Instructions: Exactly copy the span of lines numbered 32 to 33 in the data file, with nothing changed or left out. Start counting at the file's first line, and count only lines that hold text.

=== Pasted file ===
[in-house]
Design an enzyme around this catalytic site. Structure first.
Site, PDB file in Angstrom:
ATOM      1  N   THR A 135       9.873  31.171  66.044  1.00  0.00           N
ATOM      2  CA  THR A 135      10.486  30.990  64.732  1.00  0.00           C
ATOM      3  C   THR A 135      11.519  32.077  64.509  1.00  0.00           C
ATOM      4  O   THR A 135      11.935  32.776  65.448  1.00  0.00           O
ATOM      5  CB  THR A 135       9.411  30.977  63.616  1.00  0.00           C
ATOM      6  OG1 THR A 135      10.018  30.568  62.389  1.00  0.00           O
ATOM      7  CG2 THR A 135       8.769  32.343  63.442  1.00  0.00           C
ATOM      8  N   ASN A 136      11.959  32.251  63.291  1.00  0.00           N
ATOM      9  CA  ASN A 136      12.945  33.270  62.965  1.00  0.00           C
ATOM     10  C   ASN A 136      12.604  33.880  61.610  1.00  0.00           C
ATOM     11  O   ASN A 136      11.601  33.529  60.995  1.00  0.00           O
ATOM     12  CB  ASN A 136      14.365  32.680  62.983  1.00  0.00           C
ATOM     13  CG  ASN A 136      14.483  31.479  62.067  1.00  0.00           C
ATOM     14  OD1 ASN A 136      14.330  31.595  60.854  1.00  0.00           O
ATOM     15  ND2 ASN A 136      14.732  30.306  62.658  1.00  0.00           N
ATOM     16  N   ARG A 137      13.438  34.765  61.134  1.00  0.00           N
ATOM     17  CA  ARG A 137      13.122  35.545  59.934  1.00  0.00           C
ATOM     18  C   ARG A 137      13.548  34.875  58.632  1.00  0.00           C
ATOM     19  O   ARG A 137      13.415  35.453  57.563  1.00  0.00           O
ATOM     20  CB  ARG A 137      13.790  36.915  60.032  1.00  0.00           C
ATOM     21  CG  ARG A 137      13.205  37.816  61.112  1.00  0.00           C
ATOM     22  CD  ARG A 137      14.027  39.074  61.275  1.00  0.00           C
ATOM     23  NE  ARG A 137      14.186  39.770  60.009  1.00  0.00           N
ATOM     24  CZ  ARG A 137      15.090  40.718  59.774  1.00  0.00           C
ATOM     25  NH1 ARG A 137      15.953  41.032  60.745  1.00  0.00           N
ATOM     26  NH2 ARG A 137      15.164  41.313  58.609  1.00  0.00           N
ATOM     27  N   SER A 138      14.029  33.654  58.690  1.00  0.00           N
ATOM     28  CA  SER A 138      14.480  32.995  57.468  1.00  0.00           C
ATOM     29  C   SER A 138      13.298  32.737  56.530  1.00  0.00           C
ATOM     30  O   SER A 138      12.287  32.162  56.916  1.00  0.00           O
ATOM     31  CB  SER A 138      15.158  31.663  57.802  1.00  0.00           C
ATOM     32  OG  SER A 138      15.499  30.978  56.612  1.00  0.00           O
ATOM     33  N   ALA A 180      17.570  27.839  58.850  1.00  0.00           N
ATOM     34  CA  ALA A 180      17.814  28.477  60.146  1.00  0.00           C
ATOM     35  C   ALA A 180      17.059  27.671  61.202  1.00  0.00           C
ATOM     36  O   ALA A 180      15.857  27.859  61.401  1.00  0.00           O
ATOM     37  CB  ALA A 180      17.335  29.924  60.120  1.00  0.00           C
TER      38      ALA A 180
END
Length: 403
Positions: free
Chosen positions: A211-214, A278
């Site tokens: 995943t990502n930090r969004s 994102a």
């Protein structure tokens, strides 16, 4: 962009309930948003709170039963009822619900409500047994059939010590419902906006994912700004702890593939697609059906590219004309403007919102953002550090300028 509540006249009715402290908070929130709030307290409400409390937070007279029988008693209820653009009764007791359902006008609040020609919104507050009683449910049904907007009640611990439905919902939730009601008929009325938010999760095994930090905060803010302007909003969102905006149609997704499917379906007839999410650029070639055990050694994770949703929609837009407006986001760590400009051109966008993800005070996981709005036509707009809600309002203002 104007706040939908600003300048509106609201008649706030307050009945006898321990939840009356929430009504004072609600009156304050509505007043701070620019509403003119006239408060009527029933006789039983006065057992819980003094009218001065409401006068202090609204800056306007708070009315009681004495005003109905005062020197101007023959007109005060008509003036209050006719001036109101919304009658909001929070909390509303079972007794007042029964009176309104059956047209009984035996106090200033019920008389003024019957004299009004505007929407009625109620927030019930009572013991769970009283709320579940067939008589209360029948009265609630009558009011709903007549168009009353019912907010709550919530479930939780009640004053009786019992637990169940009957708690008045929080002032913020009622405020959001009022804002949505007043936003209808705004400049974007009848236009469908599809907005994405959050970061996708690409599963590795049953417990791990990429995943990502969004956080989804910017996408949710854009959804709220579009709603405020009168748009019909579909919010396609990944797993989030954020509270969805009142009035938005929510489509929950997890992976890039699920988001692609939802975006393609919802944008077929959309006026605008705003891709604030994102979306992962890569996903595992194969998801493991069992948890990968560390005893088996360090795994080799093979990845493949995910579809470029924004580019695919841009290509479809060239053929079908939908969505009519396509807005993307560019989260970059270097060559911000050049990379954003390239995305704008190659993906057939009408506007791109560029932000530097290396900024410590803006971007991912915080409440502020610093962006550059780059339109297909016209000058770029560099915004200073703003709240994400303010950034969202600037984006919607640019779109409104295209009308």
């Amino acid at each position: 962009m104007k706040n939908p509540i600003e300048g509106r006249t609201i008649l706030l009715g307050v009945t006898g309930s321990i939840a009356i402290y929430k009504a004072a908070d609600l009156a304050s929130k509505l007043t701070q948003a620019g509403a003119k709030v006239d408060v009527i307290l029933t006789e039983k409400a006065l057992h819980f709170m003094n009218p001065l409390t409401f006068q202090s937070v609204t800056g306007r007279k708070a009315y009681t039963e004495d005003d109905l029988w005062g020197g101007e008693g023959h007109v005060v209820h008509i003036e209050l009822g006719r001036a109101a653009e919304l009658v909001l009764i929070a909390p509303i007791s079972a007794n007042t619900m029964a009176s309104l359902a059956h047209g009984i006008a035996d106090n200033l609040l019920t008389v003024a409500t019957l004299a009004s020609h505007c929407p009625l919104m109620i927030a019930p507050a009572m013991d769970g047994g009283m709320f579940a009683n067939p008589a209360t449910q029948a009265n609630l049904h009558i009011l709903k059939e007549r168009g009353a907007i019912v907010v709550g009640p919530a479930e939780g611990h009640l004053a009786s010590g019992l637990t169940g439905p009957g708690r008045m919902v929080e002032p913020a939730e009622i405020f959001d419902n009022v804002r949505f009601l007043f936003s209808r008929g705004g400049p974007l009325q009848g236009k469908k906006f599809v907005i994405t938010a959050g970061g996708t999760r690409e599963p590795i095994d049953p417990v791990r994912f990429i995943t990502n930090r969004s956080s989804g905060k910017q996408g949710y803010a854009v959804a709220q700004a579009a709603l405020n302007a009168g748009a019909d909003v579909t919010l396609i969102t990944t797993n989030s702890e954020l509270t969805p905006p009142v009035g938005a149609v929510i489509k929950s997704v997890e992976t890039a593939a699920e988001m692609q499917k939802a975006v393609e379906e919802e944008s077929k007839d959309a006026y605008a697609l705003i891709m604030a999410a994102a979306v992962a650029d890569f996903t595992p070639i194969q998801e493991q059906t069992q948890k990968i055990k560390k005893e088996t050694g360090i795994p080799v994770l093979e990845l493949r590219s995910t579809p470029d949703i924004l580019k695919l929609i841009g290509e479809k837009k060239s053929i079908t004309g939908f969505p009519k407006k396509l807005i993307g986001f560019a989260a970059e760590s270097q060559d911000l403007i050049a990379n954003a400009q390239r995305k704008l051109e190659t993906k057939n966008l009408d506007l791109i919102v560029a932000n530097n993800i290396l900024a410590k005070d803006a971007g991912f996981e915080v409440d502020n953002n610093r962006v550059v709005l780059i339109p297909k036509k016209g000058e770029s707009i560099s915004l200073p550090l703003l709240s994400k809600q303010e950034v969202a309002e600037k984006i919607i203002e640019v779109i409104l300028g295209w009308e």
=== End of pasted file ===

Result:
ATOM     29  C   SER A 138      13.298  32.737  56.530  1.00  0.00           C
ATOM     30  O   SER A 138      12.287  32.162  56.916  1.00  0.00           O